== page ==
hostile intentions; and, sun-rise Jones dropped his anchor, as it was evident that plunder was with feelings, if we may judge from their object, the worst might be exthe tenor of a letter which will be pected, in case of resistance. They mentioned in the course of the follow- were armed with every variety of ing narrative of that day's proceed- weapon ; muskets, pistols, swords; ings, very different from those which and one savage looking fellow bore the public gave him credit for, prov

an American tomahawk over his inig that, with all his failings, his shoulder. Two officers had the heart was still susceptible of imprese charge of the party; one of them sions which might have raised him, coarse and rude in language and beas much as his unjustifiable leeds had haviour; the other, on the contrary, hitherto lowered him, in the estima- was not only courteous and respecttion of his countrymen. Early in the ful—but even apologized to Lady morning, the privateer had leen ob- Selkirk, regretting the unpleasant served making her way up the river, duty in which it was his unfortunate her guns and warlike appearance at- lot to appear as a principal. Their tracting much attention and curiosity, first inquiry was for Lord belkirk : on for vessels of her description were being assured that he was not in the seldom seen working up the ntricate country some disappointment was passage of the Dee. Not a sispicion manifested.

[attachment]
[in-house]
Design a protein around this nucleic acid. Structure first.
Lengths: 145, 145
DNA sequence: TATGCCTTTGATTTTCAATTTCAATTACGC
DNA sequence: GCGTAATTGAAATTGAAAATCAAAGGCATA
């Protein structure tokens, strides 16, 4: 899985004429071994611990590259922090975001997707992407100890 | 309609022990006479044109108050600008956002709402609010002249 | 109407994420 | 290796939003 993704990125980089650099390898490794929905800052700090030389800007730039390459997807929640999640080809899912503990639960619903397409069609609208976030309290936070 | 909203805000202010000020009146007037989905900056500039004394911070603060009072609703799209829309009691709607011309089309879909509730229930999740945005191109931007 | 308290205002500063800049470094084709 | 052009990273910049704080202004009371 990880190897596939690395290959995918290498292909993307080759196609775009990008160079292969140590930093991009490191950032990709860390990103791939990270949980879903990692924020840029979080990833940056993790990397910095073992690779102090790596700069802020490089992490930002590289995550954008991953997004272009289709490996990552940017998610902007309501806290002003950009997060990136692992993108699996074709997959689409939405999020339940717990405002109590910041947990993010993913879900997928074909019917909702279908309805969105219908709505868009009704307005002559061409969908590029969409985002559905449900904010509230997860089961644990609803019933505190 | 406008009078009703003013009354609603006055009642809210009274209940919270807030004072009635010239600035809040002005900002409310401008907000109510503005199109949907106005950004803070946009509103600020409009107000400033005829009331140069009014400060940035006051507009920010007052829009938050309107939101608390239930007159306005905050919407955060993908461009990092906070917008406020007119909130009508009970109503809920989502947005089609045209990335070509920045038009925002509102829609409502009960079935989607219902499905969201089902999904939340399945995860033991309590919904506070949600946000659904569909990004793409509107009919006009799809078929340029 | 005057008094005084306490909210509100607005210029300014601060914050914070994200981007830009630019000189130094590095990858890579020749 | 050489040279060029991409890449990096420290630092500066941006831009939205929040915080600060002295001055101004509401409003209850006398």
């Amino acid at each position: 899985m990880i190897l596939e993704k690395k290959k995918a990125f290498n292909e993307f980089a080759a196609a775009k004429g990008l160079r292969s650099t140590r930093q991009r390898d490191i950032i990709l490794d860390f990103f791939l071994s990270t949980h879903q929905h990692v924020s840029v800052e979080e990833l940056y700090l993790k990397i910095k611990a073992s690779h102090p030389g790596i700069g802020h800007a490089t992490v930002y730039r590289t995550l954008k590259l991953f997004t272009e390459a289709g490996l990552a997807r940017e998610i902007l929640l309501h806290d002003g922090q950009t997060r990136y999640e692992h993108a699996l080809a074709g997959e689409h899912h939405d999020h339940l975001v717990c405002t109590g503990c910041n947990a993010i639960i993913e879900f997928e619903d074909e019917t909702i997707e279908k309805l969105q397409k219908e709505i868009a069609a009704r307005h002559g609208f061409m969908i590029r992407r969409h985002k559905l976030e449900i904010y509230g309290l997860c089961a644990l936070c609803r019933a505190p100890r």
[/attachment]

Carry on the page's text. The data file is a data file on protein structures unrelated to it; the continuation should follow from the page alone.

After a short pause, was entertained of her real character, the latter officer said he must then but the male part of the posulation request her Ladyship to produce all 'conjectured her to be a visitar equal- her 'plate. She replied, that the ly unwelcome—a ship of war coming quantity in the castle was very small, up for the purpose of impressment. but what there was should be immeAccordingly at an ealy hour (Lord diately given up; and accordingly the Selkirk being fortunately in London), whole was laid before them, even Lady Selkirk was innrmed of the to the silver tea-pot used at breakcircumstance, and a request was fast which had not been washed out. made by the men servants that they The officer on receiving it directed might absent themselves for the pur- his men to pack up every article, pose of concealment. C'he vessel again apologizing pr his conduct on